5. Role Play, Video/Audio Recordings
and Live Supervision 

Observation of clinical practice is considered an integral part of the supervisory process to accurately investigate supervisee competencies and focus attention on the behaviour of the clinician, their reactions to the client and process issues. 
Interestingly supervision is still largely reliant on verbal case presentation which often fails to pick up on the subtle nuances of the therapist-client relationship. 
Without observational methods (live supervision, audio-video recordings or role play) the supervisor simply is unable to accurately assess the supervisee’s knowledge and skills.  Evidence indicates that supervisees both knowingly and unknowingly withhold information in supervision including clinical mistakes and negative reactions to the client (Hill et al, 2015). 
By introducing role play and live supervision in the supervision session the supervisee learns to feel more comfortable to talk about their reactions to the client, possible self-issues, identify different and improved ways of interviewing and delivery interventions.  Observational methods offer information for specific, targeted and corrective feedback and are essential for the supervision.   It also lends itself for integrating reflective practice questioning ‘purposeful critical analysis of knowledge and experience’ (Mann, 2009) because the supervisor can target specific questions to the therapeutic dialogue being reviewed. My suggestion is to put it into your contract and model how live supervision and/or recordings/role play can be integrated into the everyday session.  If you make it part of your ongoing process it isn’t a big deal and it doesn’t solely become an evaluative and fearful experience.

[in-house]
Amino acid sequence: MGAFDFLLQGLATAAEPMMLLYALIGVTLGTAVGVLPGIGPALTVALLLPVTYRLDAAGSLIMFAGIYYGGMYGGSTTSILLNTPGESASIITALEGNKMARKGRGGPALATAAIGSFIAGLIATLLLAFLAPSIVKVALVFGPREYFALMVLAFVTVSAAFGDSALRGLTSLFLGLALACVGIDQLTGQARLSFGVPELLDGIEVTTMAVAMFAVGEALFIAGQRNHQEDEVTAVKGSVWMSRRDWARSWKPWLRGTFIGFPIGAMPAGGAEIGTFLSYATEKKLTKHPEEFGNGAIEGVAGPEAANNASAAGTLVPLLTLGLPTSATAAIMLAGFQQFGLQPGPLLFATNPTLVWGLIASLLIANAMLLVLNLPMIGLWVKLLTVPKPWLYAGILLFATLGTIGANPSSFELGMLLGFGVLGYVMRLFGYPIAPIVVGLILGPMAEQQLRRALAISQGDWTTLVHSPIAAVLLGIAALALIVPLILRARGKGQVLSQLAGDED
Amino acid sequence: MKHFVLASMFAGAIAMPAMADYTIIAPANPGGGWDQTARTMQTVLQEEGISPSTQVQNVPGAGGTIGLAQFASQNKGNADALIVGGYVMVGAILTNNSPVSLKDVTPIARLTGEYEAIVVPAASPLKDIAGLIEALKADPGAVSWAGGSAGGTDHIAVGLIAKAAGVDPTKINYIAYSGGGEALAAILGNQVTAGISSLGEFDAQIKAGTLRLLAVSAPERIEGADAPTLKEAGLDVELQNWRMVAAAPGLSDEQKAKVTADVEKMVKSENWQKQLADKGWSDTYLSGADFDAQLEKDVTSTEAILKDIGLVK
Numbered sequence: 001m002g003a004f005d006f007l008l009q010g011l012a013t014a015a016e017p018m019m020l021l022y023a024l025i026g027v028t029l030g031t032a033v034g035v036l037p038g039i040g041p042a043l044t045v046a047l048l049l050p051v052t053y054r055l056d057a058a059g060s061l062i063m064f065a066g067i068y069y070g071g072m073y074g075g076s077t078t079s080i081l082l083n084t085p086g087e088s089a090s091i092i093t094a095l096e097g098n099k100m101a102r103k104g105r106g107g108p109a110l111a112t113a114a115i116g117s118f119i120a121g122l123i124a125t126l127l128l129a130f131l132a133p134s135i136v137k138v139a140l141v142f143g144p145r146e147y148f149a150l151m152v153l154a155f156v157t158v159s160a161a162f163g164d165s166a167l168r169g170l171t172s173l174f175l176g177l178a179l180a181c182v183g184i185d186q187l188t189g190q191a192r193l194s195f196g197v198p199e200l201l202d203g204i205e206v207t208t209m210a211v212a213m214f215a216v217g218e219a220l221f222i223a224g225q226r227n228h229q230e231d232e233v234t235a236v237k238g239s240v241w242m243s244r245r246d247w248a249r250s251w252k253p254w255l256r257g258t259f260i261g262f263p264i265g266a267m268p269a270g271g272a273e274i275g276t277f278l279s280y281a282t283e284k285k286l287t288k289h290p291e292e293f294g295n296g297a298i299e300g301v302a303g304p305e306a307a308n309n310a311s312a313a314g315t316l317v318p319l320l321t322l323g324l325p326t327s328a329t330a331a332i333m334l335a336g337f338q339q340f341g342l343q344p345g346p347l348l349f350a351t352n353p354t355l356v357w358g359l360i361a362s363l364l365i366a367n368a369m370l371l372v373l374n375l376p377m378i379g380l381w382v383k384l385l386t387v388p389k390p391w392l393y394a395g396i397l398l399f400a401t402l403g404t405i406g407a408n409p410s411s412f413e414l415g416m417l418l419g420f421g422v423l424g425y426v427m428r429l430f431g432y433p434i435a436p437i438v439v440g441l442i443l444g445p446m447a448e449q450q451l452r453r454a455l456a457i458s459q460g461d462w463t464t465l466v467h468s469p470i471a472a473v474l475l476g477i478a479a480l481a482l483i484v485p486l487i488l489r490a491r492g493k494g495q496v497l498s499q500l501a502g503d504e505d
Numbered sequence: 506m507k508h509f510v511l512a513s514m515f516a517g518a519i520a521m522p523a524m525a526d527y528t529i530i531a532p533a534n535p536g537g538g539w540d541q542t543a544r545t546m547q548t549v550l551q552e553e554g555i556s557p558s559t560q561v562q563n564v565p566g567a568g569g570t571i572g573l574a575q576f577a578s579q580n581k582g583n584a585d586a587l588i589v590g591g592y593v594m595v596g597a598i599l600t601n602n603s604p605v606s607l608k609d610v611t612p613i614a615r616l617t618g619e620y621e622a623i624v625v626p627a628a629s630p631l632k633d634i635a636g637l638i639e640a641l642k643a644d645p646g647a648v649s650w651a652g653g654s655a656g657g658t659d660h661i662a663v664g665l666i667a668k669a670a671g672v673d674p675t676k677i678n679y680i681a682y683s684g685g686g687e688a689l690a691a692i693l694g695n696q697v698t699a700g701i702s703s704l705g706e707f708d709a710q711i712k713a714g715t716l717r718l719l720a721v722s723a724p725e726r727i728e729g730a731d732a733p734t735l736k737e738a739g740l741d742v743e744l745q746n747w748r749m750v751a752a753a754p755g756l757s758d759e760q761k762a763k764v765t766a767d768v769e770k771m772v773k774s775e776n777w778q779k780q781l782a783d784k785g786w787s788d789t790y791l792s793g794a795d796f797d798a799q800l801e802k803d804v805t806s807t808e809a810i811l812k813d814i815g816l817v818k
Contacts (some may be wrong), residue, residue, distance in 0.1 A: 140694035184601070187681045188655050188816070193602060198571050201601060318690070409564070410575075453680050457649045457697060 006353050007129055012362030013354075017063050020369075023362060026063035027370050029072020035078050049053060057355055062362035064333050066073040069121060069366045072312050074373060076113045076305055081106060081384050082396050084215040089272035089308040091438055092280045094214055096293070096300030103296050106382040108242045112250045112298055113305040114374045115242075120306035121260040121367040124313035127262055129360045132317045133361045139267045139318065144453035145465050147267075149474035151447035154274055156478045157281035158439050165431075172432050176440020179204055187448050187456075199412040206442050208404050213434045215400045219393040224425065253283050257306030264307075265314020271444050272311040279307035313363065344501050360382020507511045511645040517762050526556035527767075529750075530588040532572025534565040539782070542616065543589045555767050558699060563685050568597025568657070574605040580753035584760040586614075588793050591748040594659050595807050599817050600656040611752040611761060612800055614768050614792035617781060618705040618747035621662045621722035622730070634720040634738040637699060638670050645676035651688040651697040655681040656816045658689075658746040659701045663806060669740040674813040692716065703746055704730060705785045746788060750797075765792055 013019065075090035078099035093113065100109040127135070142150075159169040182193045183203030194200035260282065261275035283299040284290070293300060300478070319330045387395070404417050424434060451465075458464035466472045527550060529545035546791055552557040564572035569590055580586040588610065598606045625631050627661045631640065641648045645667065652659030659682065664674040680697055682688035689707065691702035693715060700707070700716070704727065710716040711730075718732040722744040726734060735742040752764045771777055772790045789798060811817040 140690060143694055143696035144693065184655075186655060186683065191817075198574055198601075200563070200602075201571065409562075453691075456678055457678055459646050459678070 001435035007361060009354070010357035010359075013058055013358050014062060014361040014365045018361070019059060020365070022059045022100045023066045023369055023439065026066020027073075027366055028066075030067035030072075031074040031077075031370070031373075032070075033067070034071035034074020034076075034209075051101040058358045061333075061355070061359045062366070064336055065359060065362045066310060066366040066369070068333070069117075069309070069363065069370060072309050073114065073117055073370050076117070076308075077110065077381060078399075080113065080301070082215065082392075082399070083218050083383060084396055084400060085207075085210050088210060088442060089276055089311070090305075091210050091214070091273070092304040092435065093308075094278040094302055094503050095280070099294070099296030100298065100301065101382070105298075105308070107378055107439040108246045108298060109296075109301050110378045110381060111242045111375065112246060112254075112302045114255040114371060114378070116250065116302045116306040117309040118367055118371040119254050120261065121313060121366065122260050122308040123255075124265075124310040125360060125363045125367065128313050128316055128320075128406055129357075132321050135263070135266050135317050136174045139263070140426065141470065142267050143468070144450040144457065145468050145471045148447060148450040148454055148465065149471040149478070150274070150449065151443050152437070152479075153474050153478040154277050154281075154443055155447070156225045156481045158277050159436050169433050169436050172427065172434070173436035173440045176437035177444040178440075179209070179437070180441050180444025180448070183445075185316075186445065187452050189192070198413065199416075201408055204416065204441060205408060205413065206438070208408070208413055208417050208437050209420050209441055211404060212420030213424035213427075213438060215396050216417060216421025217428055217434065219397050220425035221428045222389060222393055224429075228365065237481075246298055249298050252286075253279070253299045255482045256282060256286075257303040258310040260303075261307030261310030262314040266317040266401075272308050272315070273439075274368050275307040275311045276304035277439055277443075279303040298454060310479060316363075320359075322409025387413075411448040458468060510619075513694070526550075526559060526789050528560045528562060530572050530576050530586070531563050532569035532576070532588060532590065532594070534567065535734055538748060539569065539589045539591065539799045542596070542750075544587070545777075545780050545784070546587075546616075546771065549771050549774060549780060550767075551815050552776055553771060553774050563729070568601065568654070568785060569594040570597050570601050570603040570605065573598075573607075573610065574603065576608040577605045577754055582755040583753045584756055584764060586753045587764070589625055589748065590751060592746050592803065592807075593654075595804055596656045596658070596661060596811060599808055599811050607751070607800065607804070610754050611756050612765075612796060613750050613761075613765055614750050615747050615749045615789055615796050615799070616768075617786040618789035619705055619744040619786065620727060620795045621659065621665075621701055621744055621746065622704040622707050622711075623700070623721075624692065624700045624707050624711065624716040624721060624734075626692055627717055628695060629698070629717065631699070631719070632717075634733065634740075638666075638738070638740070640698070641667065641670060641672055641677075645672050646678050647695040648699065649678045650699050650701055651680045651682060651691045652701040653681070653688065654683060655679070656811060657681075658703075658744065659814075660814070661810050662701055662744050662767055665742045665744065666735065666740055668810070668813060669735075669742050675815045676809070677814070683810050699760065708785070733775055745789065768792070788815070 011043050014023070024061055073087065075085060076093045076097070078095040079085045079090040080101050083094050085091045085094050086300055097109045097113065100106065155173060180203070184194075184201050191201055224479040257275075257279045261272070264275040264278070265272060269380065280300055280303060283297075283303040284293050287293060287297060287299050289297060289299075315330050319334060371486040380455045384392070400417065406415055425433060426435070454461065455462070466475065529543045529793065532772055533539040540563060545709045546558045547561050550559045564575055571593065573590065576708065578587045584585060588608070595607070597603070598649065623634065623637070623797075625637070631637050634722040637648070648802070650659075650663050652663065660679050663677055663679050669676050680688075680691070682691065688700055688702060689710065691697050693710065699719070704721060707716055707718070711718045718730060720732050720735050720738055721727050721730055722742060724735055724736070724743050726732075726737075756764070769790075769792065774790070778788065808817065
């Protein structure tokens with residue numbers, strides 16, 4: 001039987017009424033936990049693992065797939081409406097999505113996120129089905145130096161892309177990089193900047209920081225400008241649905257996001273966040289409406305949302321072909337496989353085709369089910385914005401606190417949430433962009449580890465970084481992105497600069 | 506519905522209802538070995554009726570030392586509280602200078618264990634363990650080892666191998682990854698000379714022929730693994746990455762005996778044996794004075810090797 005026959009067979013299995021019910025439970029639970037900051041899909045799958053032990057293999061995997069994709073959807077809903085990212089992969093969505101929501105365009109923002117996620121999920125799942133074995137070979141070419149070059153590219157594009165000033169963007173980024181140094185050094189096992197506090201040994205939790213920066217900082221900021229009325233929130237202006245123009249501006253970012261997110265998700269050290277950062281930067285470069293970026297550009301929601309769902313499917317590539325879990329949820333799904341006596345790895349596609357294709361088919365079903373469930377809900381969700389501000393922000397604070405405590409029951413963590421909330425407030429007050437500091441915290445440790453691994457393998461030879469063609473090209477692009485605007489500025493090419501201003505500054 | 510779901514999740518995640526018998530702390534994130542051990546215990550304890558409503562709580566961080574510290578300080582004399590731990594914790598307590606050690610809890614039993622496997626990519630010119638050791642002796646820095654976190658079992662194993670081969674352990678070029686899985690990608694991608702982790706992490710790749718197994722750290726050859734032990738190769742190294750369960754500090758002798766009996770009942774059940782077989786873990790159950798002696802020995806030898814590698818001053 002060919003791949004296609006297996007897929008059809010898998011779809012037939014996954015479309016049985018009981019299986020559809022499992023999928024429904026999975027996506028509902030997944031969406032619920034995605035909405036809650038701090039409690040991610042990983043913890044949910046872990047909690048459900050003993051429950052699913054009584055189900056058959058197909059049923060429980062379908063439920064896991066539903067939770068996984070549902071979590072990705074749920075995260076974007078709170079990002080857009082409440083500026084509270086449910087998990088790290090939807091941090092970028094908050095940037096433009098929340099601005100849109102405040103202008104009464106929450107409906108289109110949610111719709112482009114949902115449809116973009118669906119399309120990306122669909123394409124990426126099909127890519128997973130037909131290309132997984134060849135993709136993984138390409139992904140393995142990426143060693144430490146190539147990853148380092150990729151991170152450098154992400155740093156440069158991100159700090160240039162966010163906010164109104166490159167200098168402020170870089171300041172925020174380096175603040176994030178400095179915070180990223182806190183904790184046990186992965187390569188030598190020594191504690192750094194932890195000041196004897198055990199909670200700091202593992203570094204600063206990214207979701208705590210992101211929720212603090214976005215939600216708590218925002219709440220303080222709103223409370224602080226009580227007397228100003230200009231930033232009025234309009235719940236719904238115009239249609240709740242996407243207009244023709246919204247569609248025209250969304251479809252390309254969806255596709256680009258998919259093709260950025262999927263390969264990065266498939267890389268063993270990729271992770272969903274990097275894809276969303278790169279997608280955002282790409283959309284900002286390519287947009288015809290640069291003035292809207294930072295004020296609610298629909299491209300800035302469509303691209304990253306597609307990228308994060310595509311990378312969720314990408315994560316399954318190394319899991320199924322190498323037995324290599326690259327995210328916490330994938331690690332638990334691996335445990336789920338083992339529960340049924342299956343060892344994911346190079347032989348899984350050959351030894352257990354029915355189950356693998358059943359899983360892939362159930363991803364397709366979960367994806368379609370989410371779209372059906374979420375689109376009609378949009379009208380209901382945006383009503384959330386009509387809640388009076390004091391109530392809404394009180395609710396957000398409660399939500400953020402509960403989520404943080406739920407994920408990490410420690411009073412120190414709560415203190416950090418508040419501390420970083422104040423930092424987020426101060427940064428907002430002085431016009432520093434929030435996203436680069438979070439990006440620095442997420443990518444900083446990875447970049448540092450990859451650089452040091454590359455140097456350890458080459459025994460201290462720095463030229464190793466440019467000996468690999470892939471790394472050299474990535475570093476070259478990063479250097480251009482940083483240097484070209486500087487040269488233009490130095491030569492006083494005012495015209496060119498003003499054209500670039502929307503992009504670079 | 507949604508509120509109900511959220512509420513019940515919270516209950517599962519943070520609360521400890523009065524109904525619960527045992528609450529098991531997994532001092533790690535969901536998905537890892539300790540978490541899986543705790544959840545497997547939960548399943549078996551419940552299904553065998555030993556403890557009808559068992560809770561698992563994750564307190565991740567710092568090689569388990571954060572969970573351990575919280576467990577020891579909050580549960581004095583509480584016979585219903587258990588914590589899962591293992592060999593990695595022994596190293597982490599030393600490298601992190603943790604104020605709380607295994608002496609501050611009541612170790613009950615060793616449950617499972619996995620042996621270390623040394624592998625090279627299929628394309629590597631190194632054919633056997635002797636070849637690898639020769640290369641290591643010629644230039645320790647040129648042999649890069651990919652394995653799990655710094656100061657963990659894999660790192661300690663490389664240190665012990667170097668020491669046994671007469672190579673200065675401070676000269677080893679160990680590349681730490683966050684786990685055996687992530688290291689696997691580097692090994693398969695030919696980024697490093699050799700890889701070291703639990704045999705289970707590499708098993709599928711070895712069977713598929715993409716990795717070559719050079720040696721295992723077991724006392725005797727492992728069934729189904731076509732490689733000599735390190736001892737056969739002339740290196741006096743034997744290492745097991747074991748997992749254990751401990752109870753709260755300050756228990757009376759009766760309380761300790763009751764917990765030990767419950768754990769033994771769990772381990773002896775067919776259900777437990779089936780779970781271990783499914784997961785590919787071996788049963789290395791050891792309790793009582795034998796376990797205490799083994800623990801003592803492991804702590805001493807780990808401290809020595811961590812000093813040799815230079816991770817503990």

So, give it a go to introduce different methods in supervision which might help create more energy and different perspectives in the supervisory conversation. 
I hope that you have enjoyed the Summer Edition of the Supervision Quarterly and some of the ideas have sparked your interest to work more creatively in supervision. 

Feel free to contact me if you would like to explore these ideas further.  

If you found this newsletter interesting please pass it onto a colleague. Clinical Supervision Services wishes everyone a restful and a happy Christmas, 

Christine

References


Barney, C., & Shea, S. 2007. The Art of Effectively Teaching Clinical Interviewing skills using role playing: A Primer, Psychiatric Clinics of North America, c31-c50.

Dean, J. E. (2001). Sandtray consultation: A method of supervision applied to couple’s therapy. The Arts in Psychotherapy, 28, 175-180.

Grant, L., & Usher, R. (2011). The whiteboard as a co-therapist: Narrative conversations in a generalist counselling setting, The International Journal of Narrative Therapy and Community Work, 4. 9-15.
 
Hill, H., & Crowe, T., & Gonsalvez, C. (2015). Reflective dialogue in clinical supervision: A pilot study involving collaborative review of supervision videos, Psychotherapy Research, DOI: 10.1080/10503307.2014.996795

Peabody, M. 2015. Building with Purpose: Using Lego Serious Play in Play therapy supervision, International Journal of Play Therapy, 24, 30-40.

Purswell, K., & Stulmaker, H. (2015). Expressive Arts in Supervision: choosing Developmental Appropriate Interventions, International Journal of Play Therapy, 24, 103-117.

http://www.lianalowenstein.com/articleFamilyTherapy.pdf

Warr-Williams, J. (2012) Conversations in the Sand: Advanced sandtray therapy training curriculum for masters level clinicians, Doctorate in social Work Dissertations, University of Pennsylvania.

Clinical Supervision Services

www.clinicalsupervisionservices.com.au